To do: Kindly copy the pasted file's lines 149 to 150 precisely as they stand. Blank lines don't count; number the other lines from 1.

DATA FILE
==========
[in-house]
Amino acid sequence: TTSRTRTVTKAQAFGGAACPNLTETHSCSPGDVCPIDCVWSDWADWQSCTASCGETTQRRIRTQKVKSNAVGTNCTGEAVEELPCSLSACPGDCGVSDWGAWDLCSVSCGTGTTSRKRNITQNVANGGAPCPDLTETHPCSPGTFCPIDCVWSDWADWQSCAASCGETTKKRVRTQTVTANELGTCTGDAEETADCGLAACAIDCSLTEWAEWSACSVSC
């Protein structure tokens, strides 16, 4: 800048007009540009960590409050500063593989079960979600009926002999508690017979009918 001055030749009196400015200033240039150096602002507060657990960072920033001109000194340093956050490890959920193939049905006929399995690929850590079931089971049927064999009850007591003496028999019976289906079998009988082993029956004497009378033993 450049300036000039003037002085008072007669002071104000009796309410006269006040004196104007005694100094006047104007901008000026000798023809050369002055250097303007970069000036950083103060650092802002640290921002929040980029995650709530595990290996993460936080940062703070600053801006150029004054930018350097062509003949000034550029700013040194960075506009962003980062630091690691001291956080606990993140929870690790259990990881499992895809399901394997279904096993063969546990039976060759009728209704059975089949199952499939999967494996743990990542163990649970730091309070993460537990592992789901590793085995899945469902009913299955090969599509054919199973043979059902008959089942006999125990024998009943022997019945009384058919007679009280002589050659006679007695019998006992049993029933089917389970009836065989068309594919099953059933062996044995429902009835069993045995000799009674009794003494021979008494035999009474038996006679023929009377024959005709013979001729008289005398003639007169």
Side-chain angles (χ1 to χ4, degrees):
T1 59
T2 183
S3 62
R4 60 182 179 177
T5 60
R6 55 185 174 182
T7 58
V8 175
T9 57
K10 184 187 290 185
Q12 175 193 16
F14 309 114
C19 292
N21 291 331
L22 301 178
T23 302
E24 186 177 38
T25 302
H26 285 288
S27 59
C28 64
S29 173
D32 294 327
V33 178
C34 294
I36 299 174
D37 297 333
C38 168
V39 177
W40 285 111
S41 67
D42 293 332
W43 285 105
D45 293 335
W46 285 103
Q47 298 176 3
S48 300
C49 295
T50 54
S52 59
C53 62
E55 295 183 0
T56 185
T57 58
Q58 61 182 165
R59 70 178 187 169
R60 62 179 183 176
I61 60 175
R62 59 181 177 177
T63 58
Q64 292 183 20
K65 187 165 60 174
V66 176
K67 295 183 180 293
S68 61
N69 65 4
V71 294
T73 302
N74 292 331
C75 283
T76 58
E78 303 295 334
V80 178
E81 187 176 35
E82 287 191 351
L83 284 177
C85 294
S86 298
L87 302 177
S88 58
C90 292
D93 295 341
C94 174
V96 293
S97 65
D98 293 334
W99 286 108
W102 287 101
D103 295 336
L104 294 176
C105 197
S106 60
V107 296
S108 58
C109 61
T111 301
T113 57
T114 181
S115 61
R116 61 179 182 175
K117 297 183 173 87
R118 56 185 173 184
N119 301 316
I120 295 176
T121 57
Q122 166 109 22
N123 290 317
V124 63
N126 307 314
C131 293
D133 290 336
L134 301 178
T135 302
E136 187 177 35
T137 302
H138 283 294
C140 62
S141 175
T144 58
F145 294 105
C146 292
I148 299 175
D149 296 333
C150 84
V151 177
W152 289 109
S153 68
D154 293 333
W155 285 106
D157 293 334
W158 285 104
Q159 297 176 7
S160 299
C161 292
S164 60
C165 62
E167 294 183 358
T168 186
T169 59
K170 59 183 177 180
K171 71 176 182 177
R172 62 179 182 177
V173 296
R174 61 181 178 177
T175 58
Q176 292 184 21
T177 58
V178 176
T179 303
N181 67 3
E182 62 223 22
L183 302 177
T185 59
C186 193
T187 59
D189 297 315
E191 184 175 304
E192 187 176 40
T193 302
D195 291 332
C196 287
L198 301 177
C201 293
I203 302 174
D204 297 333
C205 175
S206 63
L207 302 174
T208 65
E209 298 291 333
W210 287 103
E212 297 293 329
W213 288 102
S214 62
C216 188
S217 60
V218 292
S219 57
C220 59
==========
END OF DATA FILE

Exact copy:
T187 59
D189 297 315